The ship’s bell from the USS Utah is now on display at the Senior Enlisted Academy, a component of the U.S. Naval War College. The Utah was sunk at Pearl Harbor in 1941. The hall where the bell is on display is named for Chief Peter Tomich, who was awarded the Medal of Honor for his heroic actions that day.
A picture of Tomich and his Medal of Honour are displayed in the hall where the Service’s seniors enlisted-leaders, study.
Student James Werner, a senior chief, said after admiring the display, he feels like the bell is home, in its rightful place.
Even though the Utah was capsizing, Tomich remained below decks to ensure sailors were leaving and the boilers were safe. Another sailor, Fireman John Vaessen, also stayed at his post to keep the lights on.
An additional group of ten men was rescued after sailors who were on the water’s surface, detected knocking sounds from within the overturned ship’s hull. Vaessen was the last man rescued, according to Navy record. The Navy says 461 men survived and 64 men died.
The bell was probably taken from the ship before the war’s start. That’s why it remained undamaged, said spokesperson Jay Thomas of the Naval History and Heritage Command. It was a common routine then to remove valuable or non-essential items from vessels and warehouse them.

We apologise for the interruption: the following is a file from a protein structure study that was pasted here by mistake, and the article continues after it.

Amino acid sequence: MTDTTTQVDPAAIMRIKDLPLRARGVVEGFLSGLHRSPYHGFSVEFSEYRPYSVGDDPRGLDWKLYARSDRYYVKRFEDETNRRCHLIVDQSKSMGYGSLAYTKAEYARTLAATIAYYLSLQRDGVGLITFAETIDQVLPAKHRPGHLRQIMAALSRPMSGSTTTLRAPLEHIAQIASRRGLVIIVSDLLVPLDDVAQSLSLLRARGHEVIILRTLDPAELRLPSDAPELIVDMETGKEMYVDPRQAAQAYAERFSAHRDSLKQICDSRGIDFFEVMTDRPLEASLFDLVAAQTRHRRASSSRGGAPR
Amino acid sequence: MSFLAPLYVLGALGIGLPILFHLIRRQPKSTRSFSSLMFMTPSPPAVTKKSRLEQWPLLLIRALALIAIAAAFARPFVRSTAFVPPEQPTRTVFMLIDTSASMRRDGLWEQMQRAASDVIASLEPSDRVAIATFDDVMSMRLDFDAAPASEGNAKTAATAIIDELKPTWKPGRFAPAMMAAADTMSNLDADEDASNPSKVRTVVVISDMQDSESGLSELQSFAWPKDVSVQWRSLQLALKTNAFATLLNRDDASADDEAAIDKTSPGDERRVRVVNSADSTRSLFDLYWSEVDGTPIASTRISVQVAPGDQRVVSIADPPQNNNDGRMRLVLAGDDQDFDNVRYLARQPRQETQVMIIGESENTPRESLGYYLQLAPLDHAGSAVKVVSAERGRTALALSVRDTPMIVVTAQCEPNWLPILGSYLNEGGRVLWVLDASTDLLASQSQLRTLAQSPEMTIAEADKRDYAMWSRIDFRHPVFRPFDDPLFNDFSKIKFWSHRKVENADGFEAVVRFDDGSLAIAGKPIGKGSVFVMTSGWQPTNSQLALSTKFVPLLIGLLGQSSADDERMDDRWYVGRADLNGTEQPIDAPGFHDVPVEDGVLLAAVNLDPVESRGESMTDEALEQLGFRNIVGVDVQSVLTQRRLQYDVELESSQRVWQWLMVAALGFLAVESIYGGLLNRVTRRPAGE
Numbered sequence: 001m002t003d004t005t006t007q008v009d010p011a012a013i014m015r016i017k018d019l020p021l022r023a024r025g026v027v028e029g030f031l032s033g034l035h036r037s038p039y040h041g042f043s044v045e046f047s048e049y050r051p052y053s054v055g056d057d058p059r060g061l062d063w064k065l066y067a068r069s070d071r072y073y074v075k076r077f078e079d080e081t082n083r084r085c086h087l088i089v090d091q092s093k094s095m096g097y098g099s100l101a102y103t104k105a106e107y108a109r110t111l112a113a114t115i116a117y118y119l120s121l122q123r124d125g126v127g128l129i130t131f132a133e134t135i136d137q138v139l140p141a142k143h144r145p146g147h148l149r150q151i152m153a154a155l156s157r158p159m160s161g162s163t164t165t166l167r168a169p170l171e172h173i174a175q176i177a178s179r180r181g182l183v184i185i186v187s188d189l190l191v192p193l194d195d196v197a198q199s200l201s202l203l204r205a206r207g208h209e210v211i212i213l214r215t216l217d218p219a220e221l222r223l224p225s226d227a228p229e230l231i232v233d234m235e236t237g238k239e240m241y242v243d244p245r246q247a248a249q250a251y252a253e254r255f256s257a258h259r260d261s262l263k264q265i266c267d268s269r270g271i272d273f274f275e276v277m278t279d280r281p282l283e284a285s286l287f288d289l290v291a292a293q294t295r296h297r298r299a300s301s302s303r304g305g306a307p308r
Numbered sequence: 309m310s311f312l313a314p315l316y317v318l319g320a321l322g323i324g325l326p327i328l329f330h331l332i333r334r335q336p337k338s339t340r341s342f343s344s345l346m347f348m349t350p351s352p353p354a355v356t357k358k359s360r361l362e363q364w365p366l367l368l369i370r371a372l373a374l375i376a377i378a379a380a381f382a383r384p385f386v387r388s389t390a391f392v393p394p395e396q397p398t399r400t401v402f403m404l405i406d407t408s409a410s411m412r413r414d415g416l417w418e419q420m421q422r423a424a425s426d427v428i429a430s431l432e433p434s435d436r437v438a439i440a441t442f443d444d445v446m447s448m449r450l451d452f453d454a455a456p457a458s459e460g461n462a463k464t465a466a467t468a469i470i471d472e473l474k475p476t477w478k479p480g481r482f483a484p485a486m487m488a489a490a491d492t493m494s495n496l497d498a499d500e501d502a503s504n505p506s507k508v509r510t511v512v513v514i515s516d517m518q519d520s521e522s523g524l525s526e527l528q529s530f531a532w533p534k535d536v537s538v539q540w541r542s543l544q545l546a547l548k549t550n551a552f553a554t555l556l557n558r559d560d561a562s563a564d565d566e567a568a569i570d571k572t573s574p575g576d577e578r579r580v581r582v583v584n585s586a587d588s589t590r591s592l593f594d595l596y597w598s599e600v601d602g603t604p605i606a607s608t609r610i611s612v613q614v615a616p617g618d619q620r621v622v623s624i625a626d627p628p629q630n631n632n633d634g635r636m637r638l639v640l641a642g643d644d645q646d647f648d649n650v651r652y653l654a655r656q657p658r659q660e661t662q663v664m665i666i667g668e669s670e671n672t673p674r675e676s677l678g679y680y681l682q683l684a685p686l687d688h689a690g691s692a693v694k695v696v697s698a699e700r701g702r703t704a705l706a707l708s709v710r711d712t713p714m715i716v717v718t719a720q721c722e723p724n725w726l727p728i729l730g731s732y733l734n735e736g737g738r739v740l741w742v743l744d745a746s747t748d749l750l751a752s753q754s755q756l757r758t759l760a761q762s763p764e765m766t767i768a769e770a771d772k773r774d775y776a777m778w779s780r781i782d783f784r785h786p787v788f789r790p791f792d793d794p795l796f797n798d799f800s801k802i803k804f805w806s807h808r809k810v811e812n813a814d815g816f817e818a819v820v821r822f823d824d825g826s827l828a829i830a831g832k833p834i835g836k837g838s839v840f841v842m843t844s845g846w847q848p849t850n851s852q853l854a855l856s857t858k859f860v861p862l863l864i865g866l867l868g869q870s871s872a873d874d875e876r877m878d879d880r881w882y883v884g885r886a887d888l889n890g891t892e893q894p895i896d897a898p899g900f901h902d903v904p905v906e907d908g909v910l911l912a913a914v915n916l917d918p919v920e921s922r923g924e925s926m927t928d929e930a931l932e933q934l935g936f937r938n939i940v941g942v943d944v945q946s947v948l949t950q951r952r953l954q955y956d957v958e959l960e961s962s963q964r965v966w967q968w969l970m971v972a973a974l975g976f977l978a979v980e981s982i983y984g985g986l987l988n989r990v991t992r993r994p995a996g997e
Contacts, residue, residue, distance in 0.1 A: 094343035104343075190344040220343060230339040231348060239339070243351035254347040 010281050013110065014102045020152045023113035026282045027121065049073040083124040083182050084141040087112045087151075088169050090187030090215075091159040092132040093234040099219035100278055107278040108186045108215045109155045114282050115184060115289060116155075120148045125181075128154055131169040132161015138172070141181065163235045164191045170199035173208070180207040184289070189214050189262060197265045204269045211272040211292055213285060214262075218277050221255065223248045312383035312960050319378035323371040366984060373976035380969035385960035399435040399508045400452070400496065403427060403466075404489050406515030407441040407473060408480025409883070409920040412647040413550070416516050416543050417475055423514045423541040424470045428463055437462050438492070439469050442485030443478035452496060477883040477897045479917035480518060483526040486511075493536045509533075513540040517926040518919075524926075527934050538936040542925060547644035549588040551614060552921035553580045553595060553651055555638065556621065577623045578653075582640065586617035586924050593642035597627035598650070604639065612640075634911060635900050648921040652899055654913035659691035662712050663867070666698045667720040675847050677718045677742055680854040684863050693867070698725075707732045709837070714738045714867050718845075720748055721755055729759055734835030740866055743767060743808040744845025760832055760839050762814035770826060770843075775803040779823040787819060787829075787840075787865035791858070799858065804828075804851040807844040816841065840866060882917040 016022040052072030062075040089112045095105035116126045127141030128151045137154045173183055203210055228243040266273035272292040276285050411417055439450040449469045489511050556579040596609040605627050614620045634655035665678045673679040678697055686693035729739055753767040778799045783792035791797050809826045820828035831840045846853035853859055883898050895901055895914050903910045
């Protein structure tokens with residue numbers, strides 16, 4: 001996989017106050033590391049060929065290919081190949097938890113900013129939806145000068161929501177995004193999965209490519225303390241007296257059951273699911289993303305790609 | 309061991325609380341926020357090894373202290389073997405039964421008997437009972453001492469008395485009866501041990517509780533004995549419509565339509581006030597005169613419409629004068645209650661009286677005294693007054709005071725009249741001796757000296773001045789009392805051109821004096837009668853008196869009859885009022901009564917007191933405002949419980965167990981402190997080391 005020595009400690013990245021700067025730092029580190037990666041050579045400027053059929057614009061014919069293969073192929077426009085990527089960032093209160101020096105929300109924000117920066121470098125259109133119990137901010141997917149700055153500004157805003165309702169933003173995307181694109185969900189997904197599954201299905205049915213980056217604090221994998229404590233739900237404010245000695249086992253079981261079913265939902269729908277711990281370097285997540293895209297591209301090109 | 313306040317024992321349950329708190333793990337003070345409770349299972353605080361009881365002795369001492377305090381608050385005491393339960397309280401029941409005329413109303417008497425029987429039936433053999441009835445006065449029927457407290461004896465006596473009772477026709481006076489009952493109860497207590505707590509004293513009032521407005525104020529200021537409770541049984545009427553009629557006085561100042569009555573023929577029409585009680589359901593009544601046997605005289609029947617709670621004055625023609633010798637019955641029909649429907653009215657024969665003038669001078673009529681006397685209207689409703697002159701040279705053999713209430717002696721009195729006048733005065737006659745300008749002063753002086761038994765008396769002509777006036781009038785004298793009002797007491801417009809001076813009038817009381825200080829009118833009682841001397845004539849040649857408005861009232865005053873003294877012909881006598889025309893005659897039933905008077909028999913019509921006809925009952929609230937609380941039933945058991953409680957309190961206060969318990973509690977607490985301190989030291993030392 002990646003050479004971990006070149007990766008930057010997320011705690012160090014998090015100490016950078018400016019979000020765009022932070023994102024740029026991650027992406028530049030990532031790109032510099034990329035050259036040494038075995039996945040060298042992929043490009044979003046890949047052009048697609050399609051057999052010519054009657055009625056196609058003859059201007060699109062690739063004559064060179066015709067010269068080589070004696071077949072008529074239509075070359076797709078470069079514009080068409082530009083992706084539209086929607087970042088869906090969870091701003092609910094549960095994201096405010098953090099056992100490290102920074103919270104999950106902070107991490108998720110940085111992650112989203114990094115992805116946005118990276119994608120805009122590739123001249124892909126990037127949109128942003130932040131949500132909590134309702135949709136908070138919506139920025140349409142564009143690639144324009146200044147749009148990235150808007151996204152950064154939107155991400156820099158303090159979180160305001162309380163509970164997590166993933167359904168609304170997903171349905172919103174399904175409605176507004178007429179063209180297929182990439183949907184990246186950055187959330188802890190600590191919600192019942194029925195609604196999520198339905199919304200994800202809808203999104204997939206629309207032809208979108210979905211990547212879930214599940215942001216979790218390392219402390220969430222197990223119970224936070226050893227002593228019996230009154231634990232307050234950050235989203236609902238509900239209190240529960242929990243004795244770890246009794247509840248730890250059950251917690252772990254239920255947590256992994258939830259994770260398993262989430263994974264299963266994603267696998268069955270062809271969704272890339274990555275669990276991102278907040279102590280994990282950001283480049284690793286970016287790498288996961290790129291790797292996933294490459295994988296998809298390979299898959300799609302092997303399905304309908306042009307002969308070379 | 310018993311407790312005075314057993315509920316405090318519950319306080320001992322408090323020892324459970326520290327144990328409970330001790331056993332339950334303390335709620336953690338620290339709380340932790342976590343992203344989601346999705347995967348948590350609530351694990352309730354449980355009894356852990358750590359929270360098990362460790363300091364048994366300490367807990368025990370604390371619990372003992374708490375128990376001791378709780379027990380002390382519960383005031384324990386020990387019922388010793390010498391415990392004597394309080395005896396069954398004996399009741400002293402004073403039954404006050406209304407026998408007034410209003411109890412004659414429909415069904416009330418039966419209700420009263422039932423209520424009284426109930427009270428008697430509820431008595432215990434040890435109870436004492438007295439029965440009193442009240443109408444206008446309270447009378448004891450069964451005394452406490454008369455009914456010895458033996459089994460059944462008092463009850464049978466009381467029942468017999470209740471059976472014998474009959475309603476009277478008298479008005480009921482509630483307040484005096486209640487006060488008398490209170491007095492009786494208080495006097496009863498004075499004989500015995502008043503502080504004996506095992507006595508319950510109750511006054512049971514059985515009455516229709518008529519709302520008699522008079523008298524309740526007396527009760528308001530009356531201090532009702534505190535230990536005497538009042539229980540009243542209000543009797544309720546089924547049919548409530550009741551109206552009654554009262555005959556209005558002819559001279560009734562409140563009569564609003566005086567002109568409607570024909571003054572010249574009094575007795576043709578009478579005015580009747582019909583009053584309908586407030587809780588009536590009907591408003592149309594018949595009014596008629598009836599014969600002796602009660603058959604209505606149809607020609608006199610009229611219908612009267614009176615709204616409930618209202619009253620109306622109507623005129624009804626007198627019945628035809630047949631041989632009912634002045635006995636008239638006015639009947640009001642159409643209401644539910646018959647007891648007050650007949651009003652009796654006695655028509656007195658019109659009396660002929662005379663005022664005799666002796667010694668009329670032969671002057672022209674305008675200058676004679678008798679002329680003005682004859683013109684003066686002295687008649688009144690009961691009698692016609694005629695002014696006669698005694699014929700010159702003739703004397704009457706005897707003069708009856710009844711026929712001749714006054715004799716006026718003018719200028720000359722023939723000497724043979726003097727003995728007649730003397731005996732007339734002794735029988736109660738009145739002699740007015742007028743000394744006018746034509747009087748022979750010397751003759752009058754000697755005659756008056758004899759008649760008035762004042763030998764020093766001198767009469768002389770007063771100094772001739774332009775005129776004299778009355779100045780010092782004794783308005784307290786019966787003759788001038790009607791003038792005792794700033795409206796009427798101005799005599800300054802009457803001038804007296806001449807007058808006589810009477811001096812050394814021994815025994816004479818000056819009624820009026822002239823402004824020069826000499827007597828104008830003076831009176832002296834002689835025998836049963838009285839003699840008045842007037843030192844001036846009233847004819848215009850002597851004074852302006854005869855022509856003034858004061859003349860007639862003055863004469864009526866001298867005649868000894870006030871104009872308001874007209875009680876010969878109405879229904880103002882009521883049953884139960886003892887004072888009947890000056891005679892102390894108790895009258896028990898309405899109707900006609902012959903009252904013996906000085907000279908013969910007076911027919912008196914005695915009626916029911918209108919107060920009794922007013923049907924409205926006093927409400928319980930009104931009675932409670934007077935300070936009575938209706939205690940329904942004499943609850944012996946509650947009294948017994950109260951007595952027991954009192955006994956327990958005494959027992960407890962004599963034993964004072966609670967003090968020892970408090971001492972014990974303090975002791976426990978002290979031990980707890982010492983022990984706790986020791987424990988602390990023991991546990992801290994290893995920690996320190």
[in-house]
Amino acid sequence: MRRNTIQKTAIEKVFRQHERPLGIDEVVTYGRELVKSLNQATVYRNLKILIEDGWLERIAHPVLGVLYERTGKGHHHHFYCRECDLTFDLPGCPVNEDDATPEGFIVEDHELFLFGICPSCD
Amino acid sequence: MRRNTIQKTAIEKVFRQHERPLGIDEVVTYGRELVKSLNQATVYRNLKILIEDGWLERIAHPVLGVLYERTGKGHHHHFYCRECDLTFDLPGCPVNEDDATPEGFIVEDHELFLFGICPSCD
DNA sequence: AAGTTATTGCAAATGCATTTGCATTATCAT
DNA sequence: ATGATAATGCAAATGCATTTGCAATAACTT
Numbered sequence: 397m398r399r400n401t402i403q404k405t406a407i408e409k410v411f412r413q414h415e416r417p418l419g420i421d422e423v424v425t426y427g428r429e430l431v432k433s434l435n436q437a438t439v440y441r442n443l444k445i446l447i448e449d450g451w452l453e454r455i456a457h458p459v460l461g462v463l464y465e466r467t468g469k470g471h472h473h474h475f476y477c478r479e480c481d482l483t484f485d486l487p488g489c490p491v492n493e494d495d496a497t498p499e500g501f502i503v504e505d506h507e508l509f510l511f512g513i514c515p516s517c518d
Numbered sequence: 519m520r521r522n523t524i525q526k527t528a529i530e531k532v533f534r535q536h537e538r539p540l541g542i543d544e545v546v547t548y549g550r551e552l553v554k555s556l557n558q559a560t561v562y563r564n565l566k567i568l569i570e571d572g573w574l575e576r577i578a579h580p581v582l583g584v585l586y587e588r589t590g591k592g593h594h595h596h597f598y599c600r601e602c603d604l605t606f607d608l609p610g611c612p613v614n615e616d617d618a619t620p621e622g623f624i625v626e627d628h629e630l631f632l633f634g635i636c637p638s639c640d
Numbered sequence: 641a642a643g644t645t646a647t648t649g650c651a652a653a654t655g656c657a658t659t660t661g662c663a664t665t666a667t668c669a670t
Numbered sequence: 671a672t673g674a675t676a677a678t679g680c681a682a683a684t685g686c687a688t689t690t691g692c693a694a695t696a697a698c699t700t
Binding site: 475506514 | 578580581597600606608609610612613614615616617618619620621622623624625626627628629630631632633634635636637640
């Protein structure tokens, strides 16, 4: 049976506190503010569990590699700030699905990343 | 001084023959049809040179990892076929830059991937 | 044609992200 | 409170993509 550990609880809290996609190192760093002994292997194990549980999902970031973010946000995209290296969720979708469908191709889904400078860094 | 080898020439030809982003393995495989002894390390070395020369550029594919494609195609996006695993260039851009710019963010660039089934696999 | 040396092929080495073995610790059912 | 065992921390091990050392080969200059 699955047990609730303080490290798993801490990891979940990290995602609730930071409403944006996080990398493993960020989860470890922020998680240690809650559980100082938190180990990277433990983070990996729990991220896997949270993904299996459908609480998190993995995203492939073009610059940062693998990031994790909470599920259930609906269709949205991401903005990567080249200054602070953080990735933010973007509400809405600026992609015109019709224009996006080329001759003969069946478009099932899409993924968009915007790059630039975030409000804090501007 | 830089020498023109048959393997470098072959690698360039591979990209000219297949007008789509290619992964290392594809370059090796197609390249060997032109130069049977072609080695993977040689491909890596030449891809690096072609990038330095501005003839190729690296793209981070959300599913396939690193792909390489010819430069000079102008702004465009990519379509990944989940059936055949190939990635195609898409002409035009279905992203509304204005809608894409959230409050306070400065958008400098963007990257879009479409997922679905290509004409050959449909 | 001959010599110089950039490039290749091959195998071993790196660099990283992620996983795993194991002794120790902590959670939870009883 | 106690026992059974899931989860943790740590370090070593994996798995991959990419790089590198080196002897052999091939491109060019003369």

The Navy loaned the Utah’s bell to the University of Utah years later in the building used by the Naval Reserve Officer Training Corps.
There are few reminders linking the Utah and Tomich. The bell gives that connection with the story in a way nothing else can achieve, said Thomas, the collection management assistant director.
Tomich was born in 1893 in Prolog, on the Croatian border of what is now known as Bosnia and Herzegovina. In 1913 he immigrated to the United States and joined the U.S. Army in New York. He became a U.S. citizen.
He joined the Navy in 1919 after serving in World War I.
The academy’s director, Command Master Chief Richard Curtis, said he contemplated having a ship’s bell exhibited in October at the schoolhouse. He thought nothing would be more appropriate than the Utah’s bell, so he went online and found its locations. Curtis requested the loan of the bell so that it could be a reminder to students of the responsibility of leadership and the sacrifices occasionally needed.
They should know why that bell is in front of the academy responsible for teaching leadership, in a location named after a man who sacrificed his life to lead other men, he explained.
The bell and its steel reinforcement, weighing over 500 pounds, were sent late August to Rhode Island. The bell, on display until April, will be seen by more than 600 of the military’s senior enlisted leaders, Curtis said. The academy also teaches international service members, Toronto Star reported.
Before the bell is sent back on loan to the University of Utah, it will be sent for a conservation assessment.